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Hong Kong should fully regain status as global aviation hub by end of year: IATA

Hong Kong should fully regain status as global aviation hub by end of year: IATA
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Hong Kong should fully regain status as international aviation hub by end of year, global airline body says

The head of a global airline association remains upbeat about Hong Kong fully regaining its status as an international aviation hub by the end of this year, even though the city’s flag carrier had pushed back its target of restoring capacity to pre-pandemic levels to early 2025.

Willie Walsh, director general of the International Air Transport Association (IATA), told the Post in Dubai on Tuesday that he went from being pessimistic to optimistic over Hong Kong’s ability to recover its aviation hub status after seeing the speed with which Cathay Pacific Airways rebuilt itself.

“I was quite pessimistic [before]. And that pessimism was driven by what we’d seen happening to Hong Kong, which we didn’t see in most of the parts of the world,” he said, referring to the city shutting itself off from international travellers and the carrier halting most of its operations during the Covid-19 pandemic.

“Hong Kong was probably the most affected major hub airport, and Cathay the most affected major hub airline … So it’s been a tough job for Hong Kong, much tougher than I think in other parts of the world.

“And restarting their operations from zero is much more complex than other airlines have faced.”

In July last year, IATA revised its own projection for Hong Kong’s aviation recovery and forecast the city would reach pre-pandemic passenger levels by the end of 2024, three years earlier than previously predicted.

But Cathay has been pushing back its target of restoring capacity to pre-pandemic to early 2025 from the last quarter of this year after being hit by flight cancellations. The company cancelled 786 flights between last December and February – more than 4 per cent of the total for the period.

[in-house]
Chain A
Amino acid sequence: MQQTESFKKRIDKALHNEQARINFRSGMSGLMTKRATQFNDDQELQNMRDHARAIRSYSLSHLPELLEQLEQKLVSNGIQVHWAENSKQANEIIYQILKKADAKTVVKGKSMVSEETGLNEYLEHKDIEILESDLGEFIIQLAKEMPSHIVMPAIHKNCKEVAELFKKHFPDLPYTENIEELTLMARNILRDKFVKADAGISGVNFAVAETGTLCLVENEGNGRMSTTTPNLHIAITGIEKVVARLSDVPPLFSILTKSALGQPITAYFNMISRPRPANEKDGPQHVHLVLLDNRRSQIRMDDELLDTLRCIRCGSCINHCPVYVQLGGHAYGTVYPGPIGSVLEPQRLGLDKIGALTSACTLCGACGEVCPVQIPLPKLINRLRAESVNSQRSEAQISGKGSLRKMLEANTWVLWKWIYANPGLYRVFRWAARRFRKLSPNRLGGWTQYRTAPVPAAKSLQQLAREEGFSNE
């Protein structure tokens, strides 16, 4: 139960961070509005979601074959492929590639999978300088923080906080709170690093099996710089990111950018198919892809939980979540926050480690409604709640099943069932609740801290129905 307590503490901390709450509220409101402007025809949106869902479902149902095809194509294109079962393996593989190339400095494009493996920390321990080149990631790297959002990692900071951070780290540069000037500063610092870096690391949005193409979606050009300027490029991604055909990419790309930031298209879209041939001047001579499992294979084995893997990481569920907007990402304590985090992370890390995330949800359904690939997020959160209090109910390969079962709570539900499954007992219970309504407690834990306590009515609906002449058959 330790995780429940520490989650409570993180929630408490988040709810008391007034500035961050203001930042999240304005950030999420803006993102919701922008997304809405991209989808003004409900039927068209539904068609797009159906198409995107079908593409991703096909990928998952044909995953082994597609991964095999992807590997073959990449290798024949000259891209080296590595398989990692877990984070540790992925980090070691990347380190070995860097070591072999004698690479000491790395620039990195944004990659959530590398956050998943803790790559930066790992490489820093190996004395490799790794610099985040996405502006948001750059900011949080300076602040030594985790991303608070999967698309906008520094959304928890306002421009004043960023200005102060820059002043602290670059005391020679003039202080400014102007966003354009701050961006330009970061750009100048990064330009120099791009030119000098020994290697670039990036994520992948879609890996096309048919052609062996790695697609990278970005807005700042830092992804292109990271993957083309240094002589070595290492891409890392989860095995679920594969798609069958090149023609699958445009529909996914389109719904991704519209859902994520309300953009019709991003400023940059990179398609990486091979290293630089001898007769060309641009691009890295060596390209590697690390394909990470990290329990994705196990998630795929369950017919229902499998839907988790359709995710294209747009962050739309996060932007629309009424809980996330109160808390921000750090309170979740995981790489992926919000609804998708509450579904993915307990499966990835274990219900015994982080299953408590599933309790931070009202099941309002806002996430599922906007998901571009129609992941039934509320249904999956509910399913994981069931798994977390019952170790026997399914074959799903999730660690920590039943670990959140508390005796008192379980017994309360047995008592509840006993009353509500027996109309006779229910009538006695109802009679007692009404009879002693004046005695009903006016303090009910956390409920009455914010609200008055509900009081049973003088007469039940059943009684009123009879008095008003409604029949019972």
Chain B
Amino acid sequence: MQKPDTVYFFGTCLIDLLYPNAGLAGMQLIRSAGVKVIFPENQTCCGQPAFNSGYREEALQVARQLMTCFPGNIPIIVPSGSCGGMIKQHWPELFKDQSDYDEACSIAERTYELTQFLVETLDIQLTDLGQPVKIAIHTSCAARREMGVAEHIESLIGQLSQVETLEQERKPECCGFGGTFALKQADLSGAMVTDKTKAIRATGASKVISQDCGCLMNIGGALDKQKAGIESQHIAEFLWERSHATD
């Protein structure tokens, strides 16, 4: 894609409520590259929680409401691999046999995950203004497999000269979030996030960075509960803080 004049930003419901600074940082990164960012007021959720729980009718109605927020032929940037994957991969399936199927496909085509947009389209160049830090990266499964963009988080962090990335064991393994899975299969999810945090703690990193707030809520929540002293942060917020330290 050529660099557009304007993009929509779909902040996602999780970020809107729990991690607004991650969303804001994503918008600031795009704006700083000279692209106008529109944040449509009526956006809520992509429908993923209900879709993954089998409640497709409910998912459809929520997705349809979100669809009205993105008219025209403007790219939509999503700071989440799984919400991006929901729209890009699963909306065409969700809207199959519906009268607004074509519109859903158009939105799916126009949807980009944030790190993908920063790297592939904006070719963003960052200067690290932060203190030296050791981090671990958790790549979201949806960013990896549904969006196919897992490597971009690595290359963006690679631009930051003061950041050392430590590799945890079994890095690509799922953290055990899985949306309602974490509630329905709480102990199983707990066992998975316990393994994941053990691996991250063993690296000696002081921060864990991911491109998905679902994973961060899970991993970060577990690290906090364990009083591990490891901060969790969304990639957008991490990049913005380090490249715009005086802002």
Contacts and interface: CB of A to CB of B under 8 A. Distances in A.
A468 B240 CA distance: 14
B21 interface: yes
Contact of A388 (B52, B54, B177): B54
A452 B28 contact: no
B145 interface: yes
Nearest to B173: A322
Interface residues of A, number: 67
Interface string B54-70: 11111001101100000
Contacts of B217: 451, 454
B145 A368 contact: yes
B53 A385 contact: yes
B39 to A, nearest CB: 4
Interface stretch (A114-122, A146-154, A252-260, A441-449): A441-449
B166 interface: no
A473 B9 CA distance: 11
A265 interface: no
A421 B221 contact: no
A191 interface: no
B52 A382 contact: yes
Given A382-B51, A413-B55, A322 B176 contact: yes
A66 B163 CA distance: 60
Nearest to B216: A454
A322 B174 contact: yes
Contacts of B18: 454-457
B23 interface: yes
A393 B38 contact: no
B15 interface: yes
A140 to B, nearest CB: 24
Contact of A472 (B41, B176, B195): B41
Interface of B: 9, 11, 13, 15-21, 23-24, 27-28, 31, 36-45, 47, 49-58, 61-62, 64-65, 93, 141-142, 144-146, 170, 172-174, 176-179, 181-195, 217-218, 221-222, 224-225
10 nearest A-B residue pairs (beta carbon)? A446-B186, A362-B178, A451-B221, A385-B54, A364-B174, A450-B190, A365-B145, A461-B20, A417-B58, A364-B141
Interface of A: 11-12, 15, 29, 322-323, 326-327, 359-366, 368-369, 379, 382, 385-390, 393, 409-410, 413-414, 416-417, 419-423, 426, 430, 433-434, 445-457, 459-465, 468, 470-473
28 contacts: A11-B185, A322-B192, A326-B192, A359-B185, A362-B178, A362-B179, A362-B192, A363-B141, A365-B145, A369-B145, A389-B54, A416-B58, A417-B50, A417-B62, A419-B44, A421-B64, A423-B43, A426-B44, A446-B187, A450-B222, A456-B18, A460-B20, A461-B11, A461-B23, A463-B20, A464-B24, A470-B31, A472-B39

IATA director general has said Hong Kong has recovered stronger and faster than expected, particularly on the cargo side of the business. Photo: Reuters

“So I remain optimistic now that Hong Kong can recover its position … So I’ve been impressed with the way Hong Kong has recovered, and we remain optimistic that they can recover their position.

“So Hong Kong has recovered stronger and faster than expected, particularly on the cargo side of the business, which is clearly very important to the airport.”

Walsh pointed out that passenger recovery had been accelerating, and Hong Kong had “the potential to get there by the end of this year”.

Hong Kong International Airport has retained its position as the world’s busiest cargo airport, though the volume of goods last year still fell short of pre-pandemic levels. It registered a 3.3 per cent year-on-year increase in cargo volume to 4.3 million tonnes.

Cathay chairman Patrick Healy told the Post on Monday that by the time the carrier reached full capacity by early next year, the number of destinations would be increased from the present 80 to 90, and only then would it start looking at other locations such as the Middle East.

The company earlier reported a HK$9.78 billion (US$1.3 billion) profit, its first in four years, after a net loss of HK$6.62 billion in 2022. The profit was Cathay’s largest since 2010, when the figure hit HK$14 billion.

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